The history of Switzerland is quite different from that of many other countries in Europe and even nowadays, Switzerland is still a slightly rare country among her European neighbours. While many nations used a war as a tool to expand their territories and impose their law, it was peace what forged the foundations of Switzerland. In 1291 three small regions in the heart of Europe signed a treaty that would guarantee longlasting peace among them and protection from outsiders. This early confederation proved to be very popular and over the centuries many surrounding regions - which have come to be known as cantons over the years - joined them and shaped the current Swiss Confederation. Switzerland has gone down in European history as a peaceful and wealthy country, maintaining her neutrality status since 1815. Switzerland did not join the UN until 2002 and the thought of becoming a EU member gives Swiss people the creeps. Switzerland has a complex political system (which I don't think I'll fully understand) and a long and rich tradition of direct democracy which would clash violently with Brussels guidelines and supranational sovereignty.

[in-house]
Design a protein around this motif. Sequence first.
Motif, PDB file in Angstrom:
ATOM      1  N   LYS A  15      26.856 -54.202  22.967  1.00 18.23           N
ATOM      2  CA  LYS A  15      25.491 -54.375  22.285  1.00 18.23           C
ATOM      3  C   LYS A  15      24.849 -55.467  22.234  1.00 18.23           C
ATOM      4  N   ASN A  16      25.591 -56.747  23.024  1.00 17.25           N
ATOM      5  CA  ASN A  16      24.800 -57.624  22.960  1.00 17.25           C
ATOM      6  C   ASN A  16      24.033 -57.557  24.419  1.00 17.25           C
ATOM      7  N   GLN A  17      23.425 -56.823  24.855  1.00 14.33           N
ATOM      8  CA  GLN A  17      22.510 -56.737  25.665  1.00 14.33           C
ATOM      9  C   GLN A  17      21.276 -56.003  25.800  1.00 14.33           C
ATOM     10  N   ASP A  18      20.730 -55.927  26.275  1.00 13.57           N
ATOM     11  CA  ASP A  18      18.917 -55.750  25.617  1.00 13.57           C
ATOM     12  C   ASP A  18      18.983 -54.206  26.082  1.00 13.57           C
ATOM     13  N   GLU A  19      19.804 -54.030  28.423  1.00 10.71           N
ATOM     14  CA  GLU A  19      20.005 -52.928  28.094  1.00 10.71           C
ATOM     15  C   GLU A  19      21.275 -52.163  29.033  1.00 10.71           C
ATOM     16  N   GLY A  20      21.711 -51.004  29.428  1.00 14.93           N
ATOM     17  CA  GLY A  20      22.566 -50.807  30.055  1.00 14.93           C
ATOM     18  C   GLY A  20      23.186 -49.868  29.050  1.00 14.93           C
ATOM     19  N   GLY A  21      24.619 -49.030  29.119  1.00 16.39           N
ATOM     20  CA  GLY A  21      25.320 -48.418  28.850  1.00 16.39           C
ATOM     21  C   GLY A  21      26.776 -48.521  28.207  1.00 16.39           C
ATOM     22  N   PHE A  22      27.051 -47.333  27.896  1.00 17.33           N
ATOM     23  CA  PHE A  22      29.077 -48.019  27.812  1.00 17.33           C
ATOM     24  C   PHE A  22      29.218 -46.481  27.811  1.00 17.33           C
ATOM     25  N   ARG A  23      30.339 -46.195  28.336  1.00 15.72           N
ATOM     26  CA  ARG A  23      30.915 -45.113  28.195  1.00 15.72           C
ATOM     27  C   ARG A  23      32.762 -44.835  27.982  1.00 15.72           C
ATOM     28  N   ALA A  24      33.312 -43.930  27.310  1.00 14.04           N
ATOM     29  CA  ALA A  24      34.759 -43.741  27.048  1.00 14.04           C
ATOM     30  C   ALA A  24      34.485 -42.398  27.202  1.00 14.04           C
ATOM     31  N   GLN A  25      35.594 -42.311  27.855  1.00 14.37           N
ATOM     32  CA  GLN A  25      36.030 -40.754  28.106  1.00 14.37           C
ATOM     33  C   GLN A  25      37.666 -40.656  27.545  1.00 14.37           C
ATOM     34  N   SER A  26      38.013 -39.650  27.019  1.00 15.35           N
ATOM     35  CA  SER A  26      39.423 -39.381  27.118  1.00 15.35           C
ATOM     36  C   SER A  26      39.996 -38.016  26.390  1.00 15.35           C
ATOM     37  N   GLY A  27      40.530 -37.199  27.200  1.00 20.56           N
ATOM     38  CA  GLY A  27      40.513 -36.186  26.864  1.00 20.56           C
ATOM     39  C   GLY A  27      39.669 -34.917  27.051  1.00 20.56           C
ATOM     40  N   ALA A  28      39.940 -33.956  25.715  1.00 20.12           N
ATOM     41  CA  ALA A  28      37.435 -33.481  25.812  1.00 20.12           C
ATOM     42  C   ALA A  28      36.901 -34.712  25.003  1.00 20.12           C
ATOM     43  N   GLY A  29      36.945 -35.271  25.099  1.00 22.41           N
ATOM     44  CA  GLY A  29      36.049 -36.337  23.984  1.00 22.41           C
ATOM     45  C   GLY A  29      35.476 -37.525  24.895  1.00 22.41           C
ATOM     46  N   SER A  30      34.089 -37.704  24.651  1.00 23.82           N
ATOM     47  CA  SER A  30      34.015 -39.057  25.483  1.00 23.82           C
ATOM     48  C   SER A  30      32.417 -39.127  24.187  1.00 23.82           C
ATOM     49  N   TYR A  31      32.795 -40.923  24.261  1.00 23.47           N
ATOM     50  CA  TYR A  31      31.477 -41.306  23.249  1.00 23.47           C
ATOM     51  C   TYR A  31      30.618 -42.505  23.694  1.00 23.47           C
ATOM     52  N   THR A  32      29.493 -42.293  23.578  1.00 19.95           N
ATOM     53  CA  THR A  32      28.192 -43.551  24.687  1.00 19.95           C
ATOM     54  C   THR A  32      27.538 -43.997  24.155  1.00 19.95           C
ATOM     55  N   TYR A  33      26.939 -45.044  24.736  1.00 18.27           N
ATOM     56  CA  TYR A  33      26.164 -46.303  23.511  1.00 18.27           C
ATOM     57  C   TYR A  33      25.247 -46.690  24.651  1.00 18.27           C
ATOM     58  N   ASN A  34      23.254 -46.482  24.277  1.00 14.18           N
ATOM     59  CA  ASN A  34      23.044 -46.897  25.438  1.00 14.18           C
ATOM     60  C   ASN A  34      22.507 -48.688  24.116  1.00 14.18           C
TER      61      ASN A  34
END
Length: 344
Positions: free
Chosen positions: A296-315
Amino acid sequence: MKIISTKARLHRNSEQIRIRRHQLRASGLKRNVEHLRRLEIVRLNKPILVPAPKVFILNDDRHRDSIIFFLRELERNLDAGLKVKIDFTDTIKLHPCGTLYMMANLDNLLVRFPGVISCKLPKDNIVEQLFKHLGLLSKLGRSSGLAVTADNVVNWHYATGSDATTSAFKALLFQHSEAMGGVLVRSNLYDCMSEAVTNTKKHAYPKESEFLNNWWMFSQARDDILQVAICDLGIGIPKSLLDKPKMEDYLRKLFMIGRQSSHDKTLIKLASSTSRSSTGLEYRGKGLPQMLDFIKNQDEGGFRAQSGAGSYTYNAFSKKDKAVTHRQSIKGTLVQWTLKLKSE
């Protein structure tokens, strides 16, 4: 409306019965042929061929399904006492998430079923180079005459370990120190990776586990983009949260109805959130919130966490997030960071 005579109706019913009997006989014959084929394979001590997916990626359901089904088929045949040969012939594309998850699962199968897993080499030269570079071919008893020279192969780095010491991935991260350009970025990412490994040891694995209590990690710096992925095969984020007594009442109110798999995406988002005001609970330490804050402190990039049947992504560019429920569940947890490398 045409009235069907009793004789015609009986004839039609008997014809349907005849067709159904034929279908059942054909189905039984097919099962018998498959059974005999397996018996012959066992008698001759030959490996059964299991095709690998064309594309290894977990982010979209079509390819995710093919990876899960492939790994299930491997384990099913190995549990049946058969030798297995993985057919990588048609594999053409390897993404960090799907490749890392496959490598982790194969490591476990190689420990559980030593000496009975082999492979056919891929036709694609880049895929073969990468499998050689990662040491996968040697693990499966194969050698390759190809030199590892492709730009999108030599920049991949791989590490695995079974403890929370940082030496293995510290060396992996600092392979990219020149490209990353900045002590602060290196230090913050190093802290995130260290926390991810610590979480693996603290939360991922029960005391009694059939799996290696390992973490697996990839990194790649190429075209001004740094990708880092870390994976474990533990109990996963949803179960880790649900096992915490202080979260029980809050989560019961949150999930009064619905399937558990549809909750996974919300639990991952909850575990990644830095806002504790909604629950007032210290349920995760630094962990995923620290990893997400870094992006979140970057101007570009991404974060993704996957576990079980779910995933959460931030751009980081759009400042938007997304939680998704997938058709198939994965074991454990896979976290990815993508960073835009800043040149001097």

Europe is an ever-changing region but Switzerland has remained mostly the same since it was founded during the 13th century. Helvetia has long looked after her land and people and she will keep on doing so from this border point, her eyes looking as far as the horizon allows, proud and fierce, always ready to stand up for her folk.



The rain seems to have taken a break here in Basel and it'll hopefully stay away this weekend. Yesterday I went out to take some photos in the city and I totally forgot about the time and didn't go back home until I was hungry and cold but happy with +100 photos of Basel's old town and the Rhine. This weekend marks an end to summer 2013 and I'm kind of looking forward to chilly evenings and falling leaves.